Corporate Secretaries Society Urges Gradual Phase-In of SEC Conflict Minerals Disclosure Regulations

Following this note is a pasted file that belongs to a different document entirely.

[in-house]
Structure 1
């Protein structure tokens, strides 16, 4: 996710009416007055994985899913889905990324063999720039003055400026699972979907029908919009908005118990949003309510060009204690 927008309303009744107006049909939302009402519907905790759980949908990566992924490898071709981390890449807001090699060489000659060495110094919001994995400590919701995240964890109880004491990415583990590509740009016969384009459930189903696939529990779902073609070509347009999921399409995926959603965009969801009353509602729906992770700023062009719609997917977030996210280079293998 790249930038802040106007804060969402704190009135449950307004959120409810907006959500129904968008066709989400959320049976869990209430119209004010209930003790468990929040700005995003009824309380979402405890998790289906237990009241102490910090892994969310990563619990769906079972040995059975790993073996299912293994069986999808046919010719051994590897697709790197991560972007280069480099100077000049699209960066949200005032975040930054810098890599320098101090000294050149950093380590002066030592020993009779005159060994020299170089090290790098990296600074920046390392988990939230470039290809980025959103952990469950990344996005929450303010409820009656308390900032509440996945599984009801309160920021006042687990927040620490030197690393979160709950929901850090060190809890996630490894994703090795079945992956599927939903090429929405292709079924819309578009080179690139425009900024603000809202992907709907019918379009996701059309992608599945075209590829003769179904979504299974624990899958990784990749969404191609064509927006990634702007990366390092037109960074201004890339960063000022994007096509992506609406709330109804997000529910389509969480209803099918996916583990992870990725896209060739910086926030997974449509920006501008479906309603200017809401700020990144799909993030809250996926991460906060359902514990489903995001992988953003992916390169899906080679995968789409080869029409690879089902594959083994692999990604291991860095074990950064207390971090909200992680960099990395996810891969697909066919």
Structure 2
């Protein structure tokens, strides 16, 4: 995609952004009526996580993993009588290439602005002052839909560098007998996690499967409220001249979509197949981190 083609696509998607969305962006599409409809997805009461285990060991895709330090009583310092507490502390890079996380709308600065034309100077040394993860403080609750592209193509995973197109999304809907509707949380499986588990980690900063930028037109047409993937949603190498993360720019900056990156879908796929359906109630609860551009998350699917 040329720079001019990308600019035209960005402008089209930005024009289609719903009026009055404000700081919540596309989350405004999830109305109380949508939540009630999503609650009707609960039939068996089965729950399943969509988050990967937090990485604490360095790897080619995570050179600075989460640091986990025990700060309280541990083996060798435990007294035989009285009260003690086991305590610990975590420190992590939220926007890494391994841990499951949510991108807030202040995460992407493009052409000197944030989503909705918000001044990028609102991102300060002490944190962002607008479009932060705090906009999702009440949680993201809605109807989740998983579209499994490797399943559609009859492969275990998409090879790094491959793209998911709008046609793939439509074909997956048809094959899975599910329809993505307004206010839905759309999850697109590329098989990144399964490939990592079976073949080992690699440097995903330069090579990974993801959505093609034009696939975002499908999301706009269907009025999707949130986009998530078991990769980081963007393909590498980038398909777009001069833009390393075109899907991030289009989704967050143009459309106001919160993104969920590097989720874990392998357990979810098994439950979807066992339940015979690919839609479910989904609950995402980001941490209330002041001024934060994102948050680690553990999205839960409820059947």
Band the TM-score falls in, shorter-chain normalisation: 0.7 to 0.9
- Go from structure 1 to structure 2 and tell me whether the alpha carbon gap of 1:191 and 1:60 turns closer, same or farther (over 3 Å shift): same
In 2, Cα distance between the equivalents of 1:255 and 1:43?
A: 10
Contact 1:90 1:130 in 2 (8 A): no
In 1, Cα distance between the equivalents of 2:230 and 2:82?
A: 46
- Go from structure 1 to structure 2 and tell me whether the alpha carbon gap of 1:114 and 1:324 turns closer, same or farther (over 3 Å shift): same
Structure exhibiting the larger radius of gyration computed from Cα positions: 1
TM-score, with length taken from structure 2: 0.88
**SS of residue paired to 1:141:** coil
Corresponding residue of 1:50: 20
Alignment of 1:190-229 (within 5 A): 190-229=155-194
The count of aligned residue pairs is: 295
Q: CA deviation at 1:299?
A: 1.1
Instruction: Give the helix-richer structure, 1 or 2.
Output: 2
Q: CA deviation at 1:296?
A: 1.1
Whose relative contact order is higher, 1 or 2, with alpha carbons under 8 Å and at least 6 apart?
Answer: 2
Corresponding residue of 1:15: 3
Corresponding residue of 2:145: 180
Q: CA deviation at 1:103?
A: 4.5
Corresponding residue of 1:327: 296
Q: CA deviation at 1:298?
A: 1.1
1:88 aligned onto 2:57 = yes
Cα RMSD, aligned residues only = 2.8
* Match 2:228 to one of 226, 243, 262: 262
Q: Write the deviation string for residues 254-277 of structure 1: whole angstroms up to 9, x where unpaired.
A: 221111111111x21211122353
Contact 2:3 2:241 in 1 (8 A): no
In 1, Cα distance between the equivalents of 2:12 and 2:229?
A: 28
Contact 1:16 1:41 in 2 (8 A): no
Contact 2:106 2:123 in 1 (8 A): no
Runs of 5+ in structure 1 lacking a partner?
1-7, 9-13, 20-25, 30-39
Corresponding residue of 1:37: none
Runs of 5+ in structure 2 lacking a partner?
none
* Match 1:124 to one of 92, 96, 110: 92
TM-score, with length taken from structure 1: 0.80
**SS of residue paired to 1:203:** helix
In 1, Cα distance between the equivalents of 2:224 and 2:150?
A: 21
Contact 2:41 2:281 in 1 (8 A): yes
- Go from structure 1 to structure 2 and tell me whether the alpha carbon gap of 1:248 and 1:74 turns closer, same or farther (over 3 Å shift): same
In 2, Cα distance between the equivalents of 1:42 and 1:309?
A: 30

In a letter to the SEC, the Society of Corporate Secretaries and Governance Professionals asked that the due diligence, disclosures and reporting required under the conflict minerals provisions of Dodd-Frank be phased-in similar to the approach taken by the SEC with respect to the introduction of required reporting on internal controls mandated by the Sarbanes-Oxley Act. A transitory phase-in would recognize the fact that the infrastructure necessary to comply with the SEC proposed regulations implementing Section 1502 of Dodd-Frank does not currently exist, said the Society, and thus would minimize the undue burden and cost imposed on companies in the near future. The Society also said that the cost of compliance with the regulations will be significantly greater than the SEC's estimate. In order to comply with the regulations, said the letter, companies must have a reliable basis for determining the origin of conflict minerals used at the processing facilities in its supply chain. A phase-in would provide the necessary time for companies to develop mechanisms to trace conflict minerals from the mine of origin to the processing facility. The Society urged the SEC to adopt a transition rule requiring reporting only with respect to conflict minerals that are derived from metal smelted on or after January 1, 2012. This would relieve companies of the undue burden of tracing minerals potentially sourced many years prior to the effective date of the Dodd-Frank Act. More specifically, the Society suggested that for the period from January 2012 through January 2014, the SEC should require only disclosure of the following information for companies unable to determine the country of origin after a reasonable inquiry: (1) the conflict minerals that are necessary to the functionality or production of a product manufactured or contracted to be manufactured by that company and (2) the fact that the company is unable to determine the country of origin after due inquiry. During this period, such companies should not be required to submit a Conflict Minerals Report. After January 2014, company obligations would be phased-in by conflict mineral type based on when industry verification programs are put in place. By recognizing the reality that it will take time for conflict mineral tracing mechanisms to develop and for downstream companies to implement practices affecting supplier sourcing behavior, reasoned the Society, this phase-in period would advance the goals of Section 1502 in the most effective manner and result in more meaningful disclosure

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